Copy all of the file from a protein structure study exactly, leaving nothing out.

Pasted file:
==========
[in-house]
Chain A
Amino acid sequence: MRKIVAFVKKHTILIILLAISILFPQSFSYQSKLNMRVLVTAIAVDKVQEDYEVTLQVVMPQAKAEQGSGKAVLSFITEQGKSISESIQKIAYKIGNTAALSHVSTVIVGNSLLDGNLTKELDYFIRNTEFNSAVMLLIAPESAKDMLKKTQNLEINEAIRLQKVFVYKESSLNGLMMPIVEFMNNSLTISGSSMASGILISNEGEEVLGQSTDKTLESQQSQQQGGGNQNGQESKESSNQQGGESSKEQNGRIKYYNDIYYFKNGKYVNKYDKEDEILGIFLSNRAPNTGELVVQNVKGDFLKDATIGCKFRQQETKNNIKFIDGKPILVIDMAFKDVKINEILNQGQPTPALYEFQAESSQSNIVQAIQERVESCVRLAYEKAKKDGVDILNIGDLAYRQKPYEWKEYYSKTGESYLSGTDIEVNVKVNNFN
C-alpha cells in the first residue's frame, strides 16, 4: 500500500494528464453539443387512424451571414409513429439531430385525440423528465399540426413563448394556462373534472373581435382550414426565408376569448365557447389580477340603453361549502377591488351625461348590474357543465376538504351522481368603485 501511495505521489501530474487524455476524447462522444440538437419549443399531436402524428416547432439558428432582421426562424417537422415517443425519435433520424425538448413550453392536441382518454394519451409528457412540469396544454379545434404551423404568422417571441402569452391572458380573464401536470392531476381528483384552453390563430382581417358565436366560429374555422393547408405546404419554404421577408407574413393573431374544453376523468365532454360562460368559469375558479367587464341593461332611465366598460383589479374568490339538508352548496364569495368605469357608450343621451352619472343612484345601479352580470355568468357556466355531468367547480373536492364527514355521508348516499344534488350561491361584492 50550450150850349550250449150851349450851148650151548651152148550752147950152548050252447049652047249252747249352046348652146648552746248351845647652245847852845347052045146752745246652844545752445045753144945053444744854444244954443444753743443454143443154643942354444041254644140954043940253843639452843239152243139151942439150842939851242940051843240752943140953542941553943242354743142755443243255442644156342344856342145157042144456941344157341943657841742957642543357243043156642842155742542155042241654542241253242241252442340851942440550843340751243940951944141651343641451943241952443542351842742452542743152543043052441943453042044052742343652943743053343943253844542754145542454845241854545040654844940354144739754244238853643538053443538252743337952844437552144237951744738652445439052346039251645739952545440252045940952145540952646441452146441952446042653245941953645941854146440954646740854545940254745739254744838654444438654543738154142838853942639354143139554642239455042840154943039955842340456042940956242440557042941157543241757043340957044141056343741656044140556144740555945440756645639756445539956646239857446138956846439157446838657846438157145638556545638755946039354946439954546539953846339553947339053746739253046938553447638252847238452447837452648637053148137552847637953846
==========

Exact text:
[in-house]
Chain A
Amino acid sequence: MRKIVAFVKKHTILIILLAISILFPQSFSYQSKLNMRVLVTAIAVDKVQEDYEVTLQVVMPQAKAEQGSGKAVLSFITEQGKSISESIQKIAYKIGNTAALSHVSTVIVGNSLLDGNLTKELDYFIRNTEFNSAVMLLIAPESAKDMLKKTQNLEINEAIRLQKVFVYKESSLNGLMMPIVEFMNNSLTISGSSMASGILISNEGEEVLGQSTDKTLESQQSQQQGGGNQNGQESKESSNQQGGESSKEQNGRIKYYNDIYYFKNGKYVNKYDKEDEILGIFLSNRAPNTGELVVQNVKGDFLKDATIGCKFRQQETKNNIKFIDGKPILVIDMAFKDVKINEILNQGQPTPALYEFQAESSQSNIVQAIQERVESCVRLAYEKAKKDGVDILNIGDLAYRQKPYEWKEYYSKTGESYLSGTDIEVNVKVNNFN
C-alpha cells in the first residue's frame, strides 16, 4: 500500500494528464453539443387512424451571414409513429439531430385525440423528465399540426413563448394556462373534472373581435382550414426565408376569448365557447389580477340603453361549502377591488351625461348590474357543465376538504351522481368603485 501511495505521489501530474487524455476524447462522444440538437419549443399531436402524428416547432439558428432582421426562424417537422415517443425519435433520424425538448413550453392536441382518454394519451409528457412540469396544454379545434404551423404568422417571441402569452391572458380573464401536470392531476381528483384552453390563430382581417358565436366560429374555422393547408405546404419554404421577408407574413393573431374544453376523468365532454360562460368559469375558479367587464341593461332611465366598460383589479374568490339538508352548496364569495368605469357608450343621451352619472343612484345601479352580470355568468357556466355531468367547480373536492364527514355521508348516499344534488350561491361584492 50550450150850349550250449150851349450851148650151548651152148550752147950152548050252447049652047249252747249352046348652146648552746248351845647652245847852845347052045146752745246652844545752445045753144945053444744854444244954443444753743443454143443154643942354444041254644140954043940253843639452843239152243139151942439150842939851242940051843240752943140953542941553943242354743142755443243255442644156342344856342145157042144456941344157341943657841742957642543357243043156642842155742542155042241654542241253242241252442340851942440550843340751243940951944141651343641451943241952443542351842742452542743152543043052441943453042044052742343652943743053343943253844542754145542454845241854545040654844940354144739754244238853643538053443538252743337952844437552144237951744738652445439052346039251645739952545440252045940952145540952646441452146441952446042653245941953645941854146440954646740854545940254745739254744838654444438654543738154142838853942639354143139554642239455042840154943039955842340456042940956242440557042941157543241757043340957044141056343741656044140556144740555945440756645639756445539956646239857446138956846439157446838657846438157145638556545638755946039354946439954546539953846339553947339053746739253046938553447638252847238452447837452648637053148137552847637953846